University Research Week, Nov. 5-9, 2018, is led by the UNC Office for Undergraduate Research. The semi-annual, campus-wide event is designed to improve awareness of what it means to be a research university, align the University’s missions of producing world-class research and providing a world-class undergraduate education, and promote opportunities for students to discover and engage in research and scholarship.
To celebrate University Research Week, we speak to Dr. Meenu Tewari, IAH Faculty Fellow in 2017, about her project with the IAH Honors Carolina Collaboration Grant which led to new approaches and insights as she worked with an Honors Carolina Student.
Looking at water’s past to impact the future
How does a city provide a public good, like access to water, all while making it financially viable and sustainable? Dr. Meenu Tewari, associate professor in the Department of City and Regional Planning, seeks an answer. As part of research for her book Water Stories, she is looking into patterns, institutional arrangements, sequences and hidden and unexpected outcomes of water interventions in cities in South Asia, drawing lessons as well, from other global cities around the world.
Dr. Tewari received a grant provided by the Institute for the Arts and Humanities to explore one specific aspect of good performing water systems: namely, how they are funded. She decided to focus on the history of New York City’s public water system and its unique mechanism that has historically separated yet closely yoked the funding arm of the system from the implementing agency. Dr. Tewari was able to utilize the IAH Honors Carolina Collaboration Grant to work with Connor Nielsen, an undergraduate student at UNC. The Honors Collaboration Grant offers a unique pairing: Honors Carolina students get the opportunity to work on a research project directly with faculty that are or have been fellows at the Institute.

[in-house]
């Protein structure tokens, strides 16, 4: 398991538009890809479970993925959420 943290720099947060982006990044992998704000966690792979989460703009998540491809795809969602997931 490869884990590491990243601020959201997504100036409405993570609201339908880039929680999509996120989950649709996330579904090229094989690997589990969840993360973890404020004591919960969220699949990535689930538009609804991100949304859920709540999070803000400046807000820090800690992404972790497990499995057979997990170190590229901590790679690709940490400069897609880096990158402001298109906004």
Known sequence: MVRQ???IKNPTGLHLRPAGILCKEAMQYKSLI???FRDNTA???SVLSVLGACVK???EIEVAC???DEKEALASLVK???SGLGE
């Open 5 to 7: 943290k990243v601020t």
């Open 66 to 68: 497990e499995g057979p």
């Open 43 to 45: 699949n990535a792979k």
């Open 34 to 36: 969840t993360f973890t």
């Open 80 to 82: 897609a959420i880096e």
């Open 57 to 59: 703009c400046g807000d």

Connor Nielsen, a student that studied both dramatic arts and economics, joined Dr. Tewari’s research team. Nielsen’s interest in both visual arts and city and regional planning spurred an interdisciplinary connection that moved the project in new directions. Together they aimed to create a five-minute video that shows how New York City took an inverted sequence when it came to funding the water it provides to its residents, and seeing if this history offered lessons to other systems in other contexts. Coming full circle, Dr. Tewari plans to share the video in the classroom here at Carolina.
“The grant allowed me to break the project into smaller pieces, and explore avenues I may not have thought of pursuing in some depth. This project wouldn’t look the way it does without the skills and insights that Connor brought to it,” said Dr. Tewari. “It has been very rewarding, and I am grateful to the IAH.”
The IAH Honors Collaboration grant provides students with the rare opportunity to pursue research with a faculty member during their undergraduate experience. It is one example of how research matters at any stage of a career, no matter if you’re sitting in the classroom or teaching it.
The Institute for the Arts and Humanities empowers faculty to achieve their full potential by creating community and cultivating leadership.
The IAH supports its mission through its Faculty Fellows Program; by sponsoring conferences, lectures, and public conversations. The Institute trains and supports current and emerging university leaders through the Academic Leadership Program. The Institute promotes community through its Faculty Programs that build mentoring networks for faculty at all stages of their academic careers.